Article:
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Published December 10 2010

Farewell, senator: Dorgan offers some advice, optimism in outgoing address

Never mind Byron Dorgan’s leadership of the Red River Valley Research Corridor.

His power to fund much-needed flood protection projects in communities across North Dakota.

His advocacy for Indian affairs issues and expertise on energy policy.

Or, any of the accomplishments North Dakota’s Democratic senator could name after serving 30 years in the U.S. Congress.

During his official farewell Thursday, Dorgan said his biggest achievement wasn’t a legislative act – just a few precious moments during his first month in Washington that changed his life forever.

“Thirty years ago next month, I stepped into the elevator on the ground floor of the Cannon Office Building,” Dorgan recalled. “Between the ground floor and the fourth floor, I got her name.”

The name was Kimberly, now Dorgan’s wife of 25 years.

It’s common for outgoing lawmakers to give farewell speeches, in which they’ll often discuss their various accomplishments from their time in Congress.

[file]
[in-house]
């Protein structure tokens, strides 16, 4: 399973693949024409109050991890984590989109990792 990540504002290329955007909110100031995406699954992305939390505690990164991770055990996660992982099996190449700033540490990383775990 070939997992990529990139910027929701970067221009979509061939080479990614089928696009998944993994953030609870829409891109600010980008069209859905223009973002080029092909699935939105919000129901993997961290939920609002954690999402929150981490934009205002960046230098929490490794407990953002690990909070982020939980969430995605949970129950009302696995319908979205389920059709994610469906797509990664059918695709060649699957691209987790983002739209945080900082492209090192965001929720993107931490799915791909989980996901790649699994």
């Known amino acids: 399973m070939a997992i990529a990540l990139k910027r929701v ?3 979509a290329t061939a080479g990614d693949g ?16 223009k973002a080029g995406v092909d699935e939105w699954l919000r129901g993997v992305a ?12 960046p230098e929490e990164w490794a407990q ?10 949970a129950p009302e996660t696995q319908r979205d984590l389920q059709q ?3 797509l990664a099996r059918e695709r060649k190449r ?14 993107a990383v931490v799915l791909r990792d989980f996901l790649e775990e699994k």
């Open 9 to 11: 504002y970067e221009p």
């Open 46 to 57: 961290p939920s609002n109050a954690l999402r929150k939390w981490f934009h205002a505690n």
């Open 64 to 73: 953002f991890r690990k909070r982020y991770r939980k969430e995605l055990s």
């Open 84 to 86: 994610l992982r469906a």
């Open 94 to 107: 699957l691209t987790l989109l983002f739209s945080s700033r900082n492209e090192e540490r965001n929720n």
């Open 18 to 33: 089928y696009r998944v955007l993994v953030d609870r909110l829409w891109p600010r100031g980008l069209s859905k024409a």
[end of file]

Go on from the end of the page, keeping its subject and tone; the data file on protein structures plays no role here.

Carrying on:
But Dorgan humbly said little on his own successes – instead, using his 30 minutes to instill advice to the next Congress and ask Americans to see the hope Dorgan says lies ahead.

Dorgan reviewed his legislative career representing North Dakota in Washington and thanked the colleagues and staff he’s worked with and his family for their support.

In his 40 years of public service, Dorgan said he strived to represent the views of “ordinary folks,” like the family farmer, the small businessman or the labor worker.

“It is important, it seems to me, that we do the right thing as best we can and as best we see it,” he said.

Dorgan said he’s served with 211 senators during his 18 years in that chamber of Congress – calling his Senate colleagues “the most talented men and women with whom I have ever worked.”

Dorgan recalled poignant memories of past lawmakers, who influenced him over the years: Sens. Ted Kennedy, D-Mass.; Bob Dole, R-Kan.; Strom Thurmond, D-S.C.; and Robert C. Byrd, D-W.Va.

He highlighted four “big, big issues” that he says leaders should focus on:

Dorgan’s life and political career


Readers can reach Forum reporter Kristen Daum at (701) 241-5541